The analysis of the heat maps indicated that users looked at the advertisements and the top entries of the SERPs. The fixation patterns for these users appear to favor the top portion of the entries, including the advertisements if present. Users seem to neglect the lower portion of the page, including the numbers listed for the additional pages of results.
We expected all the users to ignore the advertisements generated by Google that were presented in the SERP. However, to our surprise, 77% of the users, who were presented ads, looked at the ads, contradicting the theory of banner blindness.
We discovered that users looked at more entries (entries 1 – 9) when there were no ads, but only six entries (entry 1 – 6) when ads were present. This is consistent with competition for attention theory, suggesting that when ads were present, fewer entries were viewed.
When at least one advertisement was presented, 9% of the subjects clicked on an entry (as opposed to scrolling) as their first action. Nearly 54% of the subjects clicked on an entry as their first action when there were no ads presented. The amount of time it takes for the user to get to their first action (clicking or scrolling) has a significant relationship with the number of ads on the page. As the number of ads decreases, so does the first action duration.
As an interesting side note, even when searching for free products or services, users still look at the PPC ads.
We expected that users who were looking for [the keyword phrase] ‘free screen recording’ would not look at advertisements, because these ads were for paid software products. However, our results showed that the users did look at the ads, although they knew they were required to look for free offerings. We believe that this is good news for marketers, since the ads get attention even at times when users are not necessarily looking for their products. However, our results showed that regardless of the number of ads present, users still only looked at one ad. This highlights the importance of ranking of ads on SERPs.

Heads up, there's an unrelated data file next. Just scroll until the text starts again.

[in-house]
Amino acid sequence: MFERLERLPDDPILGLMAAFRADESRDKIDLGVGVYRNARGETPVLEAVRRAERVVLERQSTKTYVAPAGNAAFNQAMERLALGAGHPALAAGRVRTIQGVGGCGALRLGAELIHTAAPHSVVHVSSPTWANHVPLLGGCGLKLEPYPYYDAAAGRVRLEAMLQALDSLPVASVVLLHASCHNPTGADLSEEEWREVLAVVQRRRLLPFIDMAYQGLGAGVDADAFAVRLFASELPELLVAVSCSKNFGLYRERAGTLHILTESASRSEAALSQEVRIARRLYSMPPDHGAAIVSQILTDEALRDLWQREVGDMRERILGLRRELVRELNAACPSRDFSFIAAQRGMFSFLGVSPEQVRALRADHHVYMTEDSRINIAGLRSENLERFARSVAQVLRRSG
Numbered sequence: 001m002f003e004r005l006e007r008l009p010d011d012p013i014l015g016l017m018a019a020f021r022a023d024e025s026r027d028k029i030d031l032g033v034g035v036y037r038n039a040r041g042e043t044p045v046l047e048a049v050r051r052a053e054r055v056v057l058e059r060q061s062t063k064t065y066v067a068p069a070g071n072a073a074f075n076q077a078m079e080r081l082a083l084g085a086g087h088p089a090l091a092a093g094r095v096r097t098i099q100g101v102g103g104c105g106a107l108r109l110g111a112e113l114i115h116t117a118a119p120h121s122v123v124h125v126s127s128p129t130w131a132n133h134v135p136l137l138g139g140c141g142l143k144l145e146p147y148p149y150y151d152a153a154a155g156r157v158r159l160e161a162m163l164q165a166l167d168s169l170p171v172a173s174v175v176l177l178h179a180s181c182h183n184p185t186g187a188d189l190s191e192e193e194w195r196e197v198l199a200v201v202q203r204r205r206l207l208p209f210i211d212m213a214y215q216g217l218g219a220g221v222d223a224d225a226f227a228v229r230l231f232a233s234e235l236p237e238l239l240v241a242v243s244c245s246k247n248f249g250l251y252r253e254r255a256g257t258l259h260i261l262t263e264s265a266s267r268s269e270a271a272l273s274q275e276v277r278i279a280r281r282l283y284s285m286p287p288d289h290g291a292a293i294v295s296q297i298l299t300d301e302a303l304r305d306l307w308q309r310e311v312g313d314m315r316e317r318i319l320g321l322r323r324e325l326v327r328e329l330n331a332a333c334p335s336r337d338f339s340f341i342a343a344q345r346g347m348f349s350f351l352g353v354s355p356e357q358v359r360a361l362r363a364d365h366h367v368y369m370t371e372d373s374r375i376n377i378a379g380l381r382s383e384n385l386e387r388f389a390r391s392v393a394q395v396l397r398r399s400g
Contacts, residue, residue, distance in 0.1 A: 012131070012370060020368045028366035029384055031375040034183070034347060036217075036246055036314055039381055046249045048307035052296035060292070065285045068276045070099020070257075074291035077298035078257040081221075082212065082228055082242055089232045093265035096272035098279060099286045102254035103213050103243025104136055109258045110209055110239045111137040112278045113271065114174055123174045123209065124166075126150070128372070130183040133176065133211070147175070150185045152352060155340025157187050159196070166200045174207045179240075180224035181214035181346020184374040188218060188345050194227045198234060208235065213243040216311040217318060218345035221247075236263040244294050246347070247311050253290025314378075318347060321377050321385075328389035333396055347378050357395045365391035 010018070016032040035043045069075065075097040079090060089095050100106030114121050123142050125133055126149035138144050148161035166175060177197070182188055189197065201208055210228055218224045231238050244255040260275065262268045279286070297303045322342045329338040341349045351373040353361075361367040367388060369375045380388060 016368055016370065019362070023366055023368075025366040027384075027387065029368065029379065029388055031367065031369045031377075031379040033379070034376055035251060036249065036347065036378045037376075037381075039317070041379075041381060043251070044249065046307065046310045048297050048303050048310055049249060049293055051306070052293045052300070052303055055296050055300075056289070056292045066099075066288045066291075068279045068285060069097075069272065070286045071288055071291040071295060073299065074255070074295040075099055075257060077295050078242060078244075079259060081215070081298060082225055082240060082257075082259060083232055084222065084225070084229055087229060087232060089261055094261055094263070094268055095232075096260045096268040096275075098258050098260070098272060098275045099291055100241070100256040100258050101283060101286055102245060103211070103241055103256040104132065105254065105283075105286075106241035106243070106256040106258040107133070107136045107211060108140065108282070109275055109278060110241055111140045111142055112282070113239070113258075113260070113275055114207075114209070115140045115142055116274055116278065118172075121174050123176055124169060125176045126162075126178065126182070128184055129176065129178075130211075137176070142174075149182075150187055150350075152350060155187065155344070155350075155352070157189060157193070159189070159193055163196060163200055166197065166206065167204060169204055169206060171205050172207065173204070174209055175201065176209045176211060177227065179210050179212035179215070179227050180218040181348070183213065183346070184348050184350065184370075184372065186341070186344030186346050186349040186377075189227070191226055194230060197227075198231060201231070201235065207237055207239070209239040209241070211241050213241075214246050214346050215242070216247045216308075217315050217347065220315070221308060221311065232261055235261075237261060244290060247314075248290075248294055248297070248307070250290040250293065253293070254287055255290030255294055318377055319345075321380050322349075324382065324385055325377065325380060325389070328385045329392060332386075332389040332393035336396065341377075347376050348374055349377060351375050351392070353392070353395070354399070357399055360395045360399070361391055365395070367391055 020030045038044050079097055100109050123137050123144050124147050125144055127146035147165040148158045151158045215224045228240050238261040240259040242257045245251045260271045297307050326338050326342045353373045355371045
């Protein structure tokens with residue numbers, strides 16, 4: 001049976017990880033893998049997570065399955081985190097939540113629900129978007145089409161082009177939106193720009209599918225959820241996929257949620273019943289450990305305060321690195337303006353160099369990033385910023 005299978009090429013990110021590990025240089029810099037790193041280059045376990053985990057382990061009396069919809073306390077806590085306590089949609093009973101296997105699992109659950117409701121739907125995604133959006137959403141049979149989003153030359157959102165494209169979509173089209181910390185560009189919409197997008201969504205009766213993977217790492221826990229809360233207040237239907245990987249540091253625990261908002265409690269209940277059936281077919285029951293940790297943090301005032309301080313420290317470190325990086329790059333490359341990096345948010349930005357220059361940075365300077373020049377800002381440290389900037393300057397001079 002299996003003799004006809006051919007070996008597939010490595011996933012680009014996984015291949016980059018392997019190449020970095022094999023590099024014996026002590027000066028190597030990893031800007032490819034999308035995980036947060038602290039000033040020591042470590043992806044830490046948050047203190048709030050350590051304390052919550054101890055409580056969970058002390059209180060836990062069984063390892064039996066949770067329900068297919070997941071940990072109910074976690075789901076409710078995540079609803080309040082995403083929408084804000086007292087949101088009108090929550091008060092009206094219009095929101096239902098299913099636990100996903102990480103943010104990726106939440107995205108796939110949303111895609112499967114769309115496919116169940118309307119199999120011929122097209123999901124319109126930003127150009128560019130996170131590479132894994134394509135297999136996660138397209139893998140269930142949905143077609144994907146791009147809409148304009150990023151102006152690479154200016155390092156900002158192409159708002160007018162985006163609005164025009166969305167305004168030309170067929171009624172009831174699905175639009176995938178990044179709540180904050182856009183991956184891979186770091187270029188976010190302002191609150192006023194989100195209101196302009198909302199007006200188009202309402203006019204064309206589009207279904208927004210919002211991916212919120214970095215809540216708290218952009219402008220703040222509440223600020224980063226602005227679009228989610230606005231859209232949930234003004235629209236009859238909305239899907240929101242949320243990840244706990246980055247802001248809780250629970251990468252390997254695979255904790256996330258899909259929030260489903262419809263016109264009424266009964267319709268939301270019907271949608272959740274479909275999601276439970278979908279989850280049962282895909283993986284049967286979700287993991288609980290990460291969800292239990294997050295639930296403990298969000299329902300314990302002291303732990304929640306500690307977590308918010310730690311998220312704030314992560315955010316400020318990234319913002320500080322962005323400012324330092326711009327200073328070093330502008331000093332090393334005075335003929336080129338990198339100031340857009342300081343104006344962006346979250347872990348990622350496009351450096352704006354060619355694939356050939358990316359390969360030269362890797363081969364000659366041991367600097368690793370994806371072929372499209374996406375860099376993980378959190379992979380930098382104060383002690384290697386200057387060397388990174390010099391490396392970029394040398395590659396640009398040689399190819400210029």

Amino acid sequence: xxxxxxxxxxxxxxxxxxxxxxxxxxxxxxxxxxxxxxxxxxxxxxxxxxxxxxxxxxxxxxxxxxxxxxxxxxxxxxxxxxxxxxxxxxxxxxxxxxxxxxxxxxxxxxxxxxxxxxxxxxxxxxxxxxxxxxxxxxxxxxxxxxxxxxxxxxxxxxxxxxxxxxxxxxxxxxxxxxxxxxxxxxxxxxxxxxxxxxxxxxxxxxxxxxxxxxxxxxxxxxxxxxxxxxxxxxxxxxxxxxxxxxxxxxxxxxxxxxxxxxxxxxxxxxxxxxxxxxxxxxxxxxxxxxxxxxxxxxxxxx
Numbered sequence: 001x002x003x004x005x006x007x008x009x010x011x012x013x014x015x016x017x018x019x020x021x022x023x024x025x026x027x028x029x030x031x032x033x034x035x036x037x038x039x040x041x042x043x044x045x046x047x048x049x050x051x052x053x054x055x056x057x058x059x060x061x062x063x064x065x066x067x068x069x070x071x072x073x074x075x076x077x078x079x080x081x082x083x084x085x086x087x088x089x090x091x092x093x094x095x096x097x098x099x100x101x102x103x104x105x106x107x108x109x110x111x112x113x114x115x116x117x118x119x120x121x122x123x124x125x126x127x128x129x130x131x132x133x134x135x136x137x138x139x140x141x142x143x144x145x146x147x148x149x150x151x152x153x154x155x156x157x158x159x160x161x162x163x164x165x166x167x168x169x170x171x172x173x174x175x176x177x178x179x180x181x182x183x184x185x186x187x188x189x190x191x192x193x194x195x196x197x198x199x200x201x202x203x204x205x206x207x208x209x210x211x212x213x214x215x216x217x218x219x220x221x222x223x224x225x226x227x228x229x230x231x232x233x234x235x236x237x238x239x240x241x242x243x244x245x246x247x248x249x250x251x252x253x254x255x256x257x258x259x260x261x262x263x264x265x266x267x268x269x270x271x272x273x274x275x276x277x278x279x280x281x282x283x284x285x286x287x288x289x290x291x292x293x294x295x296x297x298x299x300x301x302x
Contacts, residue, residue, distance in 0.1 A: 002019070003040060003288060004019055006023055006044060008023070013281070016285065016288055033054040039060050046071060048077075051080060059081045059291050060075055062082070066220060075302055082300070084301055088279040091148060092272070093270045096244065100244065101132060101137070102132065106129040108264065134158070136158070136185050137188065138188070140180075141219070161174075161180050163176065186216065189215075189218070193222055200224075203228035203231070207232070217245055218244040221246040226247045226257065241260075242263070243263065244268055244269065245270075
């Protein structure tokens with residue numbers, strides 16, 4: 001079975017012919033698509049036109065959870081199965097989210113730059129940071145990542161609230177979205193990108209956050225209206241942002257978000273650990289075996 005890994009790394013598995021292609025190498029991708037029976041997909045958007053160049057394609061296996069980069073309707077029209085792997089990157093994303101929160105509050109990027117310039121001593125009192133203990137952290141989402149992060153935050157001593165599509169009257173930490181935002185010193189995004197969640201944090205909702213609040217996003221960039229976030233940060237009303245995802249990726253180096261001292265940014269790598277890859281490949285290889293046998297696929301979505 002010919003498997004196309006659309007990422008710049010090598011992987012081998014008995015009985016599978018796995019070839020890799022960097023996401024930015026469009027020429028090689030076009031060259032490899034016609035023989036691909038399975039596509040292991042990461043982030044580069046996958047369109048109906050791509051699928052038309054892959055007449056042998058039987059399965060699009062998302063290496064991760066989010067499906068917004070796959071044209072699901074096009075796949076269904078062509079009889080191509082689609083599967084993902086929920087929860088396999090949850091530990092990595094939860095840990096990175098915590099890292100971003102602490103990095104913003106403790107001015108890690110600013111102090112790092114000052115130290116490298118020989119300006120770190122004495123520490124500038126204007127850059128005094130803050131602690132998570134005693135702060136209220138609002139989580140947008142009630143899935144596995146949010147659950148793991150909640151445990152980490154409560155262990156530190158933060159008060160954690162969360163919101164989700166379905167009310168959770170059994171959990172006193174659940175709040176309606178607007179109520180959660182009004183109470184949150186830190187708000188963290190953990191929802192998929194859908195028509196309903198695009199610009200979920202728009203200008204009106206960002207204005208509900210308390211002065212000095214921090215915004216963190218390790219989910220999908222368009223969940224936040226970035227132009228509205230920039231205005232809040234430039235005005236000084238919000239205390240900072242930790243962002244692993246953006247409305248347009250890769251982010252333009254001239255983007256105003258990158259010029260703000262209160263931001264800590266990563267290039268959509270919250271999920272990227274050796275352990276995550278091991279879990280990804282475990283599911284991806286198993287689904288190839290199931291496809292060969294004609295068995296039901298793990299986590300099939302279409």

The problem is that the #1 PPC rank also results in extraneous clicks…clicks that you have to pay for. Some are people who click but didn’t mean to, some are students doing research but have no intention of buying, some are people who misread or misinterpreted your ad, etc.
Btw, what about for the search engines themselves? Obviously they love their advertisers and their ad budgets. Are there any negative implications of having ads run on their SERPs?
Our findings also suggest that the presence of ads had an impact on the number of entries that were viewed following the ads. When ads were present, fewer entries were viewed. This suggests that ads had a negative impact on how deep the search results were examined. This in turn, may result in a negative impact on user experience by discouraging users from fully utilizing the search results presented.
This leads me back to my prior post, “Is Google Making Us Stupid, A Marketer’s Perspective.” As we learn to search and browse through vast amounts of online info, our brains are changing (thanks to their neuroplasticity). We are becoming better at broad but shallow reading vs reading in depth.
Congrats if you make it to the end of this post. Lol